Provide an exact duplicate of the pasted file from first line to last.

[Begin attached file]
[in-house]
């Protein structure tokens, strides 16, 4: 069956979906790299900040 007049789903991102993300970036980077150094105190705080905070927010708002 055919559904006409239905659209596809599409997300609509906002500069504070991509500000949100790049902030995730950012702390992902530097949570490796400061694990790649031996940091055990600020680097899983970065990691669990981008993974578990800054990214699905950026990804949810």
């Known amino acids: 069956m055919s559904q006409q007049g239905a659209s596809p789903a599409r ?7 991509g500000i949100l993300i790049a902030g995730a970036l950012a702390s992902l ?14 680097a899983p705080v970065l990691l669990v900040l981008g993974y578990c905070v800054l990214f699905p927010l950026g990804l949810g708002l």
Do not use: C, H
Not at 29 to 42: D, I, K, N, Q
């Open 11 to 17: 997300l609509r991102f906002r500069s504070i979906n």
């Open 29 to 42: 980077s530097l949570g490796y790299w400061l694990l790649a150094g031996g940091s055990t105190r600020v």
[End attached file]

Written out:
[in-house]
């Protein structure tokens, strides 16, 4: 069956979906790299900040 007049789903991102993300970036980077150094105190705080905070927010708002 055919559904006409239905659209596809599409997300609509906002500069504070991509500000949100790049902030995730950012702390992902530097949570490796400061694990790649031996940091055990600020680097899983970065990691669990981008993974578990800054990214699905950026990804949810």
């Known amino acids: 069956m055919s559904q006409q007049g239905a659209s596809p789903a599409r ?7 991509g500000i949100l993300i790049a902030g995730a970036l950012a702390s992902l ?14 680097a899983p705080v970065l990691l669990v900040l981008g993974y578990c905070v800054l990214f699905p927010l950026g990804l949810g708002l």
Do not use: C, H
Not at 29 to 42: D, I, K, N, Q
């Open 11 to 17: 997300l609509r991102f906002r500069s504070i979906n």
């Open 29 to 42: 980077s530097l949570g490796y790299w400061l694990l790649a150094g031996g940091s055990t105190r600020v």